Dr David Bowler

ext: 37229


Research interests:

Modelling bismuth nanolines on Si(001)
Electronic structure of nanolines on surfaces
Development of the Conquest linear scaling DFT code
Development of the correlated electron-ion dynamics (CEID) formalism
Interaction with experiments


  • B.A.(Hons) from Cambridge University (1991)
  • D. Phil from Oxford University (1997)
  • Post-doctoral research at Keele University and UCL (1997-1999)
  • EPSRC and Royal Society Fellowships at UCL (1999-present)
  • Reader at UCL (2005-present)
External positions held: 

Atomic and electronic structure of nanowires; electronic structure calculations; development of novel techniques; linear scaling DFT; interaction with surface science experiments.

The electronic charge density for a “hut cluster” of germanium on Si(001) (colour shows height). This feature forms due to stress between Ge and Si during epitaxial growth, and required 23,000 atoms in the calculation, which used the linear-scaling Conquest code (developed at UCL and NIMS, Japan) run on the Earth Simulator in Yokohama, Japan. Conquest solves the Schrodinger equation for the electrons in the system using an approach called Density Functional Theory. The hut cluster system may have applications as quantum dots or in nanoelectronics.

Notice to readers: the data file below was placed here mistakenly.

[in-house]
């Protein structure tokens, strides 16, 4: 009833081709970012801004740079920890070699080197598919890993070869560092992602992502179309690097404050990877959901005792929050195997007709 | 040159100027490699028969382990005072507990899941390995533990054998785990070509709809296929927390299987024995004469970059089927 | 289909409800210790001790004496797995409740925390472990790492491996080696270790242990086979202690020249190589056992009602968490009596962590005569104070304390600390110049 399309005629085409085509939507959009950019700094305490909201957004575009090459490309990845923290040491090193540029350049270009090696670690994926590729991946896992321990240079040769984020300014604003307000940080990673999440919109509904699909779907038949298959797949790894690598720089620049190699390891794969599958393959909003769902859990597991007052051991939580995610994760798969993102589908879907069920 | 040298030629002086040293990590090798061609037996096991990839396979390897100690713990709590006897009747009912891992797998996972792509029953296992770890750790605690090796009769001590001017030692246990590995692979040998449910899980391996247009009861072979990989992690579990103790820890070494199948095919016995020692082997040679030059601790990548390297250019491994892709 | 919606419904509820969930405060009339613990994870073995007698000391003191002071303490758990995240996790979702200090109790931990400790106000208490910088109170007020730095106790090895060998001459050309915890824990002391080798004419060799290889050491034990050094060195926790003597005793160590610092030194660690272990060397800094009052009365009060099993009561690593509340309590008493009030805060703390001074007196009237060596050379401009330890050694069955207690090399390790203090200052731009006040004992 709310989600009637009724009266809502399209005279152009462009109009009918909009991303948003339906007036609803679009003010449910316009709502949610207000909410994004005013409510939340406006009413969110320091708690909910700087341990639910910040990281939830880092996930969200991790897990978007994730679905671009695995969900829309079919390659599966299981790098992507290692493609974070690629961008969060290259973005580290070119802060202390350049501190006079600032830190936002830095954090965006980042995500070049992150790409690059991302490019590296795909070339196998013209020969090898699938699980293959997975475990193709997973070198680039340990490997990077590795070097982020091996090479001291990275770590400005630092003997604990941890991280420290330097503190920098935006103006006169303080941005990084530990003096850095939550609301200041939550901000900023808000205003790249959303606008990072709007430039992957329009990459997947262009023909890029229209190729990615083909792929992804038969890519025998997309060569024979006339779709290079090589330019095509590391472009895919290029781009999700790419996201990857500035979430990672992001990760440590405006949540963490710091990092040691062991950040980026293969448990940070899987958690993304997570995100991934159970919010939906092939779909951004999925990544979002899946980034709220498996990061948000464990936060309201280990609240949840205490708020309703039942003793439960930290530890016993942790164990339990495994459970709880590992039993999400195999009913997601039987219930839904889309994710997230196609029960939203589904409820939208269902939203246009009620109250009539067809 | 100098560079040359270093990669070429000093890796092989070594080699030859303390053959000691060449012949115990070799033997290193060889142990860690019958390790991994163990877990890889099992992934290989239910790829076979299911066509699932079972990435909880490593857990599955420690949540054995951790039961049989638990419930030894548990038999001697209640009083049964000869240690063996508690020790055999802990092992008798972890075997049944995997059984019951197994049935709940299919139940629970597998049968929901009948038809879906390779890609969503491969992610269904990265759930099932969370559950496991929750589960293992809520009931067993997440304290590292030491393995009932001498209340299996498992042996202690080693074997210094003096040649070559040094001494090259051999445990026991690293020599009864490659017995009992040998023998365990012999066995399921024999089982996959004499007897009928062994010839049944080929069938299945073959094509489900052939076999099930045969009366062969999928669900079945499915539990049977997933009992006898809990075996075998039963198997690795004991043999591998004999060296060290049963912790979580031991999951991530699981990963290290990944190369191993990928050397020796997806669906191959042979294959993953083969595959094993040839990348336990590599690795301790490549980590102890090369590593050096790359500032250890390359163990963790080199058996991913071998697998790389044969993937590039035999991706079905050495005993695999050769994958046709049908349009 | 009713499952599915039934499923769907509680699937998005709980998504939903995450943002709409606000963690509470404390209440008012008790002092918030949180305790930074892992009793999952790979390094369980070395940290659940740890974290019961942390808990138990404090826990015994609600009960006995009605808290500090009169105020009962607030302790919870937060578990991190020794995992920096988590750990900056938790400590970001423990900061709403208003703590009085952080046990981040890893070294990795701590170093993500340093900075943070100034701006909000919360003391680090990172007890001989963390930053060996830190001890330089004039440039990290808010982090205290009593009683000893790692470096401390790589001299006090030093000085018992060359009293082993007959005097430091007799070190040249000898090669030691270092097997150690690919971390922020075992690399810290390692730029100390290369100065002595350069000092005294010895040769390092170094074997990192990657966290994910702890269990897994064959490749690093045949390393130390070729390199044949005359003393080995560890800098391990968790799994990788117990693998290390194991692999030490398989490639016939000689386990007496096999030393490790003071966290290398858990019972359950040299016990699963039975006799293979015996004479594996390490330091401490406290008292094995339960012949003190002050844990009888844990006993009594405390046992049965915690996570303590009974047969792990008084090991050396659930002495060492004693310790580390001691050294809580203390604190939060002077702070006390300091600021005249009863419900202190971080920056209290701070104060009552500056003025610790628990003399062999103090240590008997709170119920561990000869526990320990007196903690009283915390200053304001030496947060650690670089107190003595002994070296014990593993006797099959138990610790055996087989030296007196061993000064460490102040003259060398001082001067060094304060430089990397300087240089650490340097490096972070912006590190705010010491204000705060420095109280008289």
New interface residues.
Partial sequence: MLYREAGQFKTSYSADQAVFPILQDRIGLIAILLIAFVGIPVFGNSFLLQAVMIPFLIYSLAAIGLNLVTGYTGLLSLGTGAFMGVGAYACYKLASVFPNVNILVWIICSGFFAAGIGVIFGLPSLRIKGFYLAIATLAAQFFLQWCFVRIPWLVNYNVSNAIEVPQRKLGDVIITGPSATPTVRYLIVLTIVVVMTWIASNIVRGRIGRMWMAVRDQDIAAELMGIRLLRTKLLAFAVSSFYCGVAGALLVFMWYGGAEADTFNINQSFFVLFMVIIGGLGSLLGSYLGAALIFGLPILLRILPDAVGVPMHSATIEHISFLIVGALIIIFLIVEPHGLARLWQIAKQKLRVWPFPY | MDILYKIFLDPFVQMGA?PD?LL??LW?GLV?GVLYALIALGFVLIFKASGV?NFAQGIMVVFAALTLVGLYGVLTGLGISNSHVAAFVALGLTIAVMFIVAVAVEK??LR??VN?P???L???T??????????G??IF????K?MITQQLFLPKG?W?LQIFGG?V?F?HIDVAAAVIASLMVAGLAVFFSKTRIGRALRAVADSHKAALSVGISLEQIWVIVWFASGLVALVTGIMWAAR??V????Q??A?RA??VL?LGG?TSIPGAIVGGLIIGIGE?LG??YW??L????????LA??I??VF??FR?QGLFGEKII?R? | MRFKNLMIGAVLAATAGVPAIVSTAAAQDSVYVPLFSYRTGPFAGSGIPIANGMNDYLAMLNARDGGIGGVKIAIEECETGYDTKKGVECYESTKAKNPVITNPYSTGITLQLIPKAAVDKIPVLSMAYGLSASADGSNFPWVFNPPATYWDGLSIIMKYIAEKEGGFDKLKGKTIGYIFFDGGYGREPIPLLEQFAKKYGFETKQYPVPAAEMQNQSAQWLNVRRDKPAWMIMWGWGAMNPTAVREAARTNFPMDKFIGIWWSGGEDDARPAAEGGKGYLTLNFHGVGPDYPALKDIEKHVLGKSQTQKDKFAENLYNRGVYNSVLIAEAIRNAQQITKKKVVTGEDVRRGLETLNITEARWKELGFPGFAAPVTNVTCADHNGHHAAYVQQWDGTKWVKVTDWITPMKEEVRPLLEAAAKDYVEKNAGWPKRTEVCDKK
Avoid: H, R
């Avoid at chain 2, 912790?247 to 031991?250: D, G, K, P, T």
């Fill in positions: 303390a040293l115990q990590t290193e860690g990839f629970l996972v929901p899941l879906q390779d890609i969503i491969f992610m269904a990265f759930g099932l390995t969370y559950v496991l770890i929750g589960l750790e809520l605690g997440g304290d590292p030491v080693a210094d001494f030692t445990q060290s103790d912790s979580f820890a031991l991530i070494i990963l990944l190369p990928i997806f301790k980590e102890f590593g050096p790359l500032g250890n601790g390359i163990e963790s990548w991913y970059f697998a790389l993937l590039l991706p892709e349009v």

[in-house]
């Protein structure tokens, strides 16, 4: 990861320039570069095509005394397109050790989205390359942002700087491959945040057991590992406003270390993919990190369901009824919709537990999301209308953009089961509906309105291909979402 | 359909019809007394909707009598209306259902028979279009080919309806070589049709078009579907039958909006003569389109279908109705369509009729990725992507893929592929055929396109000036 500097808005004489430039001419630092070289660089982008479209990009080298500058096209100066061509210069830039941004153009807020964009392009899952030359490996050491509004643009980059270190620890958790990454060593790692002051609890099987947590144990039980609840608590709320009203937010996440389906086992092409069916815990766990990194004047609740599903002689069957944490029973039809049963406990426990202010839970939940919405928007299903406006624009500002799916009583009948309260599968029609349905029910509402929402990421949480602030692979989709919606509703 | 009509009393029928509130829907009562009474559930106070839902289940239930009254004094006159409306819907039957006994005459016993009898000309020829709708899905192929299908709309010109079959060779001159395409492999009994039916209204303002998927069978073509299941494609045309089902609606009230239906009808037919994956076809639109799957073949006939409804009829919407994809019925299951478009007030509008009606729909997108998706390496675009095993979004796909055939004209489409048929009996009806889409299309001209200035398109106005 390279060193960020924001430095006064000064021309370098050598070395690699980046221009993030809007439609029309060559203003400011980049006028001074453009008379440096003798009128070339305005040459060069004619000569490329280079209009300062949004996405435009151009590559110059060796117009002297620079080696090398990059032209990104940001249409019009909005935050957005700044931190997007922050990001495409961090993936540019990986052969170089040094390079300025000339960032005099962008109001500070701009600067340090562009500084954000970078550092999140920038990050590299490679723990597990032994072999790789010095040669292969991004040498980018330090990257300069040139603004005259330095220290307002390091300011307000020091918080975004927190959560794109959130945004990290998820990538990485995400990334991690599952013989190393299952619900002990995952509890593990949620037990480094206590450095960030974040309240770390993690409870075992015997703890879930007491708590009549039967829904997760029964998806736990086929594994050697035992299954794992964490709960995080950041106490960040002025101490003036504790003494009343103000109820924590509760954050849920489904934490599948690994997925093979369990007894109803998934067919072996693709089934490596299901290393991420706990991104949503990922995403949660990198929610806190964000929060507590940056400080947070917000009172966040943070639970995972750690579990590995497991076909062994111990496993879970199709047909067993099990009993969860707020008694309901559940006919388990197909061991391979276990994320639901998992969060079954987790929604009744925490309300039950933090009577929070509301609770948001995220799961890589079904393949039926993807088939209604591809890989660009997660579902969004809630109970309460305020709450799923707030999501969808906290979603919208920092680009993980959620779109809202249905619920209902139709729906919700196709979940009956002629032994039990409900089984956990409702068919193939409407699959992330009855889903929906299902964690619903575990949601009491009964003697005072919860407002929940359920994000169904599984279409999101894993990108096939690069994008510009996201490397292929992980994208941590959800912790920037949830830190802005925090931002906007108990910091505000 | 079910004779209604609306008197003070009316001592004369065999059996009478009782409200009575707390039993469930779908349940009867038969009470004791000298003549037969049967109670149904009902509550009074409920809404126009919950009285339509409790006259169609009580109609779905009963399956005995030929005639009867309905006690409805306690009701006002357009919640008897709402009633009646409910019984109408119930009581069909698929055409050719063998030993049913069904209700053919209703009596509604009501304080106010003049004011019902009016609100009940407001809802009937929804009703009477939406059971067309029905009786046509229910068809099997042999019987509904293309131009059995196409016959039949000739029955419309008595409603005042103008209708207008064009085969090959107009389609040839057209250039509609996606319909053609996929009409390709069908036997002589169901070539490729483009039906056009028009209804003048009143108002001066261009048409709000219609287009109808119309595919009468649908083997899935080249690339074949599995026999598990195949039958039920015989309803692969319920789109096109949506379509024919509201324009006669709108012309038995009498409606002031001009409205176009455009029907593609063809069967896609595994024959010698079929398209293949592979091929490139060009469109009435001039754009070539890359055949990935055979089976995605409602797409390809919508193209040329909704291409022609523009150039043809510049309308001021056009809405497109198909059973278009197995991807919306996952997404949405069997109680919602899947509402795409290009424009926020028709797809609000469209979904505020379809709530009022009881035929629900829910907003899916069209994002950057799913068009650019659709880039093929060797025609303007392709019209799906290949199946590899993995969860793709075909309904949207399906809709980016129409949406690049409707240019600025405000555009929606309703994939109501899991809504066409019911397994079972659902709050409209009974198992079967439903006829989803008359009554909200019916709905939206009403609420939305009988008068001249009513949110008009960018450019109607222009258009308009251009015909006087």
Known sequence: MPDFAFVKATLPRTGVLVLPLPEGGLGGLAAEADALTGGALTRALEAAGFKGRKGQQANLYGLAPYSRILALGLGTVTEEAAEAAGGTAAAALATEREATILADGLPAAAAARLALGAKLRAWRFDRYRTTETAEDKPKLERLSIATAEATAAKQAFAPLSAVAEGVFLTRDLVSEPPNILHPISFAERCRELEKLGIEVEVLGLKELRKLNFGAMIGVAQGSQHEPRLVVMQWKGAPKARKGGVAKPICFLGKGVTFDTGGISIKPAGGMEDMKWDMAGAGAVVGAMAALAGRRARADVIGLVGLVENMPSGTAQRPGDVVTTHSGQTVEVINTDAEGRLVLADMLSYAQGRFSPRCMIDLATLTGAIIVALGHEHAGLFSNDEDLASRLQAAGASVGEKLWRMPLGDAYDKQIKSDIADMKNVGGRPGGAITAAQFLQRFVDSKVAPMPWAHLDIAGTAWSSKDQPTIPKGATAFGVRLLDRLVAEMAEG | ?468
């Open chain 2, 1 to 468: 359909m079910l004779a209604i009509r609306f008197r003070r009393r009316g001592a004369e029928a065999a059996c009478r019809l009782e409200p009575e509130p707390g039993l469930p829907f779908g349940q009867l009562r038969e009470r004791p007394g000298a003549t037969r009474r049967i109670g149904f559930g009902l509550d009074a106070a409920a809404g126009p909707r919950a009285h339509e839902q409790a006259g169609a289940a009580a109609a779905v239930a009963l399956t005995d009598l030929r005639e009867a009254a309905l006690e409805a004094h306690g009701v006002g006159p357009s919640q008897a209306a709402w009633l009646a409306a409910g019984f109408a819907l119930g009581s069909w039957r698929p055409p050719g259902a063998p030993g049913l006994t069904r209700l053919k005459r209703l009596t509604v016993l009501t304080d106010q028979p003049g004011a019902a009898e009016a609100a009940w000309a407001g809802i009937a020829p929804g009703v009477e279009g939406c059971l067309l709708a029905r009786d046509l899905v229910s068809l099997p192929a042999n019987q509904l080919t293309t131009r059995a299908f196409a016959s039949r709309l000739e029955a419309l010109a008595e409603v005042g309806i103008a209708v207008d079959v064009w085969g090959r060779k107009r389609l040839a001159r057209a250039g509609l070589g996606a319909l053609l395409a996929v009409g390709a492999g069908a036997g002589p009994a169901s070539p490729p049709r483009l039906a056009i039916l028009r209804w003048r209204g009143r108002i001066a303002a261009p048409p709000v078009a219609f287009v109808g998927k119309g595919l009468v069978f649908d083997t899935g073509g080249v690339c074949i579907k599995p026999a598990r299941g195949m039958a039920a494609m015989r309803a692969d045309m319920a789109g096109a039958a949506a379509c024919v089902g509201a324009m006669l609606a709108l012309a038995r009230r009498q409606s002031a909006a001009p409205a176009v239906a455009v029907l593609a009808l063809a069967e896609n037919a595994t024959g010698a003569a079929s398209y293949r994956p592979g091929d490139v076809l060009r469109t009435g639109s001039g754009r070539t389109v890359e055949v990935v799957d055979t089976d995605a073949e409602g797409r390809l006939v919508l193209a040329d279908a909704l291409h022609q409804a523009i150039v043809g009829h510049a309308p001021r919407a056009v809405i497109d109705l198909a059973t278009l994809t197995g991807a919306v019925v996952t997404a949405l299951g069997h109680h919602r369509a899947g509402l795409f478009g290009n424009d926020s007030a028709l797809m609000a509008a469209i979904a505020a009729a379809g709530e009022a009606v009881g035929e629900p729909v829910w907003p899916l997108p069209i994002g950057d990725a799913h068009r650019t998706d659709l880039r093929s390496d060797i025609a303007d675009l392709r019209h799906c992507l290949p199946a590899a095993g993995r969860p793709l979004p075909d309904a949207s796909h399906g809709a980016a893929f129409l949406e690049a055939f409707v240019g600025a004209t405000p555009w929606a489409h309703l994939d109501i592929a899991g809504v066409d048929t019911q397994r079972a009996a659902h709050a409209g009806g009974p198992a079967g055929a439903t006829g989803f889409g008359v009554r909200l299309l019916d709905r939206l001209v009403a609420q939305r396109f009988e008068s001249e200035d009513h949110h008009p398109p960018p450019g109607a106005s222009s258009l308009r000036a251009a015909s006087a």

Recent Publications

A description of the Conquest linear scaling DFT code

Investigation of the In-Bi chain formed on Si(001) after deposition of In on Bi nanolines

Description of a scheme for open boundary calculations of current-induced heating in nanowires

Research Highlights

Scanning tunnelling microscopy (STM) images of the quantum states of an artifici
By introducing individual silicon atom ‘defects’ using a scanning tunnelling microscope, scientists at the...
Traditionally, phosphorus and arsenic atoms have been used as donors in silicon, donating electrons that make up the current...

Teaching (3rd year electromagnetism PHAS3201); Supervising students (5 PhD, 1 MSc)

General News

Dr's David Bowler, Andrew Horsfield and Professor Mike Pepper of the London Centre for Nanotechnology, have all been awarded the lifetime recognition of an “Outstanding Referee” for the American Physical Society (APS).